A farm business must pay more than £100,000 in a fine and costs after an escaped cow killed a teacher who was on a family walk.

Marian Clode, 61, was on an Easter break in Northumberland in 2016 when she was tossed over a gate by the cow which had repeatedly charged at her, Newcastle Crown Court heard.

At a hearing on Wednesday, JM Nixon and Son, which runs Swinhoe Farm, Belford, admitted failing to ensure the safety of persons, other than employees, by exposing them to risks to their safety from the movement of cattle.

Judge Tim Gittins passed sentence on Friday, fining the firm £72,500 and ordering it to also pay £34,700 costs, plus a victim surcharge of several hundred pounds.

The Northern Farmer: Marian Clode, who died while on a family walk in Northumberland in 2016, after an escaped cow

Tom Gent, for the farm business, said assets would have to be sold to make the payment and the judge granted the firm 12 months to pay.

The judge described what went wrong as a “salutary lesson” for herdsmen of the necessity to plan and then review that plan when moving livestock “however usually docile” they may be.

Farmer Alastair Nixon was moving his herd of beef cattle from winter quarters to summer grazing when a group of about 15 cows and calves escaped containment and made off along a public bridleway, over the brow of a hill and out of sight.

Mr Nixon, who had earlier checked the path was clear on his quad bike, did not immediately follow them, thinking they would stop to graze or would come back for their calves.

The Northern Farmer: The bridleway where Marian Clode died while on a family walk in Northumberland in 2016

Heading in the opposite direction was Mrs Clode, her husband, daughter, son-in-law and two grandchildren, and the cattle approached them “at speed”, the judge said.

He added: “Mrs Clode was simply not in a position to take any evasive action when one of the cows turned on her and repeatedly attacked her in the distressing way described by those witnessing it.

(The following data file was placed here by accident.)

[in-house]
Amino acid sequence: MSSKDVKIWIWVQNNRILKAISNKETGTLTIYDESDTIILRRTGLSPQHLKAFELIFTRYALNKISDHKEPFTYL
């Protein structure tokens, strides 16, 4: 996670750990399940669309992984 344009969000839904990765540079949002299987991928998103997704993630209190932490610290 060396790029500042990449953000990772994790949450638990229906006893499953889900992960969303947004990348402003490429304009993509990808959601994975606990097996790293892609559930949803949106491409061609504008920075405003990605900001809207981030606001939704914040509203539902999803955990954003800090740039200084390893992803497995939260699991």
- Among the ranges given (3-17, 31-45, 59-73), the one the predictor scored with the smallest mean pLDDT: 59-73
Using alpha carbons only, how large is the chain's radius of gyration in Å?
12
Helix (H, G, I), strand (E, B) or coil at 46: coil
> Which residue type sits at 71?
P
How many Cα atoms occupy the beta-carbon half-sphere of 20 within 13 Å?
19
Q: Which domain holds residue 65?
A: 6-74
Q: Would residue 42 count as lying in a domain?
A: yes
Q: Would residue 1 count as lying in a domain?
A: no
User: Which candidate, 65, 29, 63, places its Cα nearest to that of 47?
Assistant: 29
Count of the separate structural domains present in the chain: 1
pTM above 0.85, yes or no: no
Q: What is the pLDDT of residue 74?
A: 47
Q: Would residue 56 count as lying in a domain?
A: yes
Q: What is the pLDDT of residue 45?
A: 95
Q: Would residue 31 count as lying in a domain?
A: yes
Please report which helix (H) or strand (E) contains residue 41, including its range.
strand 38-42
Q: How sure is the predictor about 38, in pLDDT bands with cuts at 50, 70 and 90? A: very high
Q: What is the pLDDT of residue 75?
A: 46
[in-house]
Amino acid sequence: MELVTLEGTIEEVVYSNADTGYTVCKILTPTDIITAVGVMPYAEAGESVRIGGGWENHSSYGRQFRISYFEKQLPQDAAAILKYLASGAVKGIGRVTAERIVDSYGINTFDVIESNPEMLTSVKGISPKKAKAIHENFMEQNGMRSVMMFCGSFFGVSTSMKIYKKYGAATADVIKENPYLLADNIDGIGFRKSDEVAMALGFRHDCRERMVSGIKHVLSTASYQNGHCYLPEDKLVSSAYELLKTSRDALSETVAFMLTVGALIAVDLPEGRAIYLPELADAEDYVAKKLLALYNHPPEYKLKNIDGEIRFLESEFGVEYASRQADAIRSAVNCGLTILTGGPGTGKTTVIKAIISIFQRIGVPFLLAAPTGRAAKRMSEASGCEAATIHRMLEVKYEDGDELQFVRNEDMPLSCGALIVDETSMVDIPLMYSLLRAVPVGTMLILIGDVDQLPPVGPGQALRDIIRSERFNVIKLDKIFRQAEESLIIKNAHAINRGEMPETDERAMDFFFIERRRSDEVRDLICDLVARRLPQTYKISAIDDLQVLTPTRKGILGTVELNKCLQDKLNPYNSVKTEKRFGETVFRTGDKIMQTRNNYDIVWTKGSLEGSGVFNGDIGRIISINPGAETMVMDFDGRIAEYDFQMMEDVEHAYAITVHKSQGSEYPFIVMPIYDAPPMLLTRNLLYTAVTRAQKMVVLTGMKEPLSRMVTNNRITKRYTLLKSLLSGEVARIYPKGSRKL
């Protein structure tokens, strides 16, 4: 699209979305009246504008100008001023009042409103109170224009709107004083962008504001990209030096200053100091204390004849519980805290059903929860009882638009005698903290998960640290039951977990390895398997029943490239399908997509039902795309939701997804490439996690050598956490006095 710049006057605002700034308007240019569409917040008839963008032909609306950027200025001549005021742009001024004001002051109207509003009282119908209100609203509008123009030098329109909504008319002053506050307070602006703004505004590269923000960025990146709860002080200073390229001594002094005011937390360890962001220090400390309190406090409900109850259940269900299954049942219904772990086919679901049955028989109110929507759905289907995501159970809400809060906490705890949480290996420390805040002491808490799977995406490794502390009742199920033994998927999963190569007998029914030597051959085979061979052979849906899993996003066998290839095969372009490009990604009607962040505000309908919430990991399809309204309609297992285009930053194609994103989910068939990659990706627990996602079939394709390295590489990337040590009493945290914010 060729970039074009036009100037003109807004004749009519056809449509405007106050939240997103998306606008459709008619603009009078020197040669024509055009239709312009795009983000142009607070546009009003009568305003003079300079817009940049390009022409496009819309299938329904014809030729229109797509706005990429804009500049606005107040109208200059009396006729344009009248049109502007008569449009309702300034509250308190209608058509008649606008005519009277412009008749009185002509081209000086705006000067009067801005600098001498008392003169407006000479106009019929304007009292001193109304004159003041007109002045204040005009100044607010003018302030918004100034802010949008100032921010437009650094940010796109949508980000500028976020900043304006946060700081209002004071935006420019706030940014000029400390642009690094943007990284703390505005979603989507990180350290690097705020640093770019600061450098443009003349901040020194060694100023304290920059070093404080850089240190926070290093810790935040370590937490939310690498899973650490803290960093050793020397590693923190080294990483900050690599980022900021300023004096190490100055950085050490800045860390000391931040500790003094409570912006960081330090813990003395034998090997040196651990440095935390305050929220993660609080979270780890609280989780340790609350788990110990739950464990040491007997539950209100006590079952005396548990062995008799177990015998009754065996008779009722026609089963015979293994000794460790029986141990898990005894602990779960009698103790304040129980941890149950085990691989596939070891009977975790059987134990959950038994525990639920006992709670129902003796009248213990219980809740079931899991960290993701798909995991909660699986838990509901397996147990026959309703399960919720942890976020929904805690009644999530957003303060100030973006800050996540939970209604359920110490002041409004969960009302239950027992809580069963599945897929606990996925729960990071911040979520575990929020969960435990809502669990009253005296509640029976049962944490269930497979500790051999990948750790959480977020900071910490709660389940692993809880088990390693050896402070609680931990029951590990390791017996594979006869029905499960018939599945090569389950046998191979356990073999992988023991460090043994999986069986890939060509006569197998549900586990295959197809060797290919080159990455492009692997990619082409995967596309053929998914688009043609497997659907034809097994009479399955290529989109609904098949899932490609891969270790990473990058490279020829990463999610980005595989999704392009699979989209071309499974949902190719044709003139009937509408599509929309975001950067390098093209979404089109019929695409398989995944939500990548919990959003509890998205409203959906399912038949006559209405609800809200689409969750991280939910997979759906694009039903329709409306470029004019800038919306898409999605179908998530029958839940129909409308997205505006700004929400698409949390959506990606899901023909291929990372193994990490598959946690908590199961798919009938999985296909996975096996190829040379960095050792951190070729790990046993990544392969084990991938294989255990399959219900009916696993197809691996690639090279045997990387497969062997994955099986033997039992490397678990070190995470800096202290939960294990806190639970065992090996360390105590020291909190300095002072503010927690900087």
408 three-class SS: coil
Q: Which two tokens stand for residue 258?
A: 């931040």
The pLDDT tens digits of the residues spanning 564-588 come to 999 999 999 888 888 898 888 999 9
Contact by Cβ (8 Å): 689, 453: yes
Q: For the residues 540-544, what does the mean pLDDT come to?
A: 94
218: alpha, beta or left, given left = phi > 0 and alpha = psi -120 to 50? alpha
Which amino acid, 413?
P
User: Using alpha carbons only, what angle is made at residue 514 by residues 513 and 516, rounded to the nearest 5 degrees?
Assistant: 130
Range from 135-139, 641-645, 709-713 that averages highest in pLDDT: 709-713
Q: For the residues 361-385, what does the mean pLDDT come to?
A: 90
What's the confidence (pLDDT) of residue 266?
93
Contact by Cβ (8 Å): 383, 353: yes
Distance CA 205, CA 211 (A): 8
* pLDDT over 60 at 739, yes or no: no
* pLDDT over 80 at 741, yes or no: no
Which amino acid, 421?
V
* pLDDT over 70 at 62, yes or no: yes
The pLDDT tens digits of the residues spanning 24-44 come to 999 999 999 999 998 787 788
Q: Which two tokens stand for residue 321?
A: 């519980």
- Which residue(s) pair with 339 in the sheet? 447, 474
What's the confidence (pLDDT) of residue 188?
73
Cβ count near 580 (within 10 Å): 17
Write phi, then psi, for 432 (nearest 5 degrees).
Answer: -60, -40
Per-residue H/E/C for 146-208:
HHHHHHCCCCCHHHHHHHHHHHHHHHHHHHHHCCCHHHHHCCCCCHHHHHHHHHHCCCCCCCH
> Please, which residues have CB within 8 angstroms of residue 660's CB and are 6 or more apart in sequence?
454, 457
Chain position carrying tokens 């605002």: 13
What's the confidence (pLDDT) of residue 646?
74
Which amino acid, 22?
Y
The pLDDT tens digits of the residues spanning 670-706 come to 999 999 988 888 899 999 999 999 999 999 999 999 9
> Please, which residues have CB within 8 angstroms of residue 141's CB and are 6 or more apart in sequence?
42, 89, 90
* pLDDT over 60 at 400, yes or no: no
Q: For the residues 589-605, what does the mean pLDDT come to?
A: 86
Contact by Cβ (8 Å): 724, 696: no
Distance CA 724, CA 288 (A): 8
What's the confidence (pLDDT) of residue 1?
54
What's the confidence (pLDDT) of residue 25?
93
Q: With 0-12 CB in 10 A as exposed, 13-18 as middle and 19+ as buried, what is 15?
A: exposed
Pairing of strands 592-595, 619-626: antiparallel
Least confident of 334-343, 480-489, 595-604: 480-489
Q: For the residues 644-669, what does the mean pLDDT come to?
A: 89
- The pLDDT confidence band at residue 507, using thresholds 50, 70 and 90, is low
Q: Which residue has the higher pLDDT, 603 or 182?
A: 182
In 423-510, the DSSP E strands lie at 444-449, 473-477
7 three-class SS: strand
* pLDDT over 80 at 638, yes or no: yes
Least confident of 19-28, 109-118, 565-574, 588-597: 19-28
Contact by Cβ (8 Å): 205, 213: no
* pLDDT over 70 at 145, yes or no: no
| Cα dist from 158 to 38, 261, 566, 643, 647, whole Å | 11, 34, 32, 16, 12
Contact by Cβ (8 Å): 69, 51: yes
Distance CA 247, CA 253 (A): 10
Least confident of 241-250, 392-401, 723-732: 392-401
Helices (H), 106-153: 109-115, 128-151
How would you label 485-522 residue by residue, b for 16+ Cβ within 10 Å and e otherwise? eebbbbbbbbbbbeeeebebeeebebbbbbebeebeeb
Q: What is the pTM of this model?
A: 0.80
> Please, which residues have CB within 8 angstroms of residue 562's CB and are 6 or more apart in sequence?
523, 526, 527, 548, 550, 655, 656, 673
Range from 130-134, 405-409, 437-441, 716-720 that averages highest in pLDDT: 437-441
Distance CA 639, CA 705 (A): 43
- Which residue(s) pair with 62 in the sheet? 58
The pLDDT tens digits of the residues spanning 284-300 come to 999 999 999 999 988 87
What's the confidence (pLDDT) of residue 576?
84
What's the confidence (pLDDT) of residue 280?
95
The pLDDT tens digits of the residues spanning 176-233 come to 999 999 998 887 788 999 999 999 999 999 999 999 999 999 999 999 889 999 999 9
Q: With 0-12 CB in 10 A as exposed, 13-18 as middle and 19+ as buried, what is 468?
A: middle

“Others had to take what emergency steps they could, children being lifted at speed over fences, others catching themselves on the barbed wire as they sought shelter from the stampeding cattle.”

Mrs Clode, a fit and active popular primary school teacher, suffered severe spinal injuries and died three days later in hospital.

The family were staying in holiday accommodation on the farm and had been walking to a local landmark, St Cuthbert’s Cave, with Mrs Clode at the front of the group.

Mrs Clode was born in Londonderry and lived in Ashton-under-Lyne, Greater Manchester.

The farm had been in the Nixon family since 1939, the judge said, and there had been no previous safety concerns.

The business has now changed its cattle movement practices and there have been no incidents since Mrs Clode’s death, the court heard.

The family said in a statement after sentencing: “In the seconds we had to react, Marian, who was a little ahead, had the least time, but still managed to move to the side of the track and make herself as inconspicuous as possible, tucked against a wooden gate, beneath an overhanging tree.

“Despite this, Marian was attacked by the lead cow and suffered fatal injuries.

“In the immediate aftermath of the incident and in the months and now years which have passed, we believed Marian lost her life because of JM Nixon and Son’s failure to implement even the most basic safe systems of work.

“Marian’s death was completely avoidable, which makes coming to terms with our loss even more difficult.”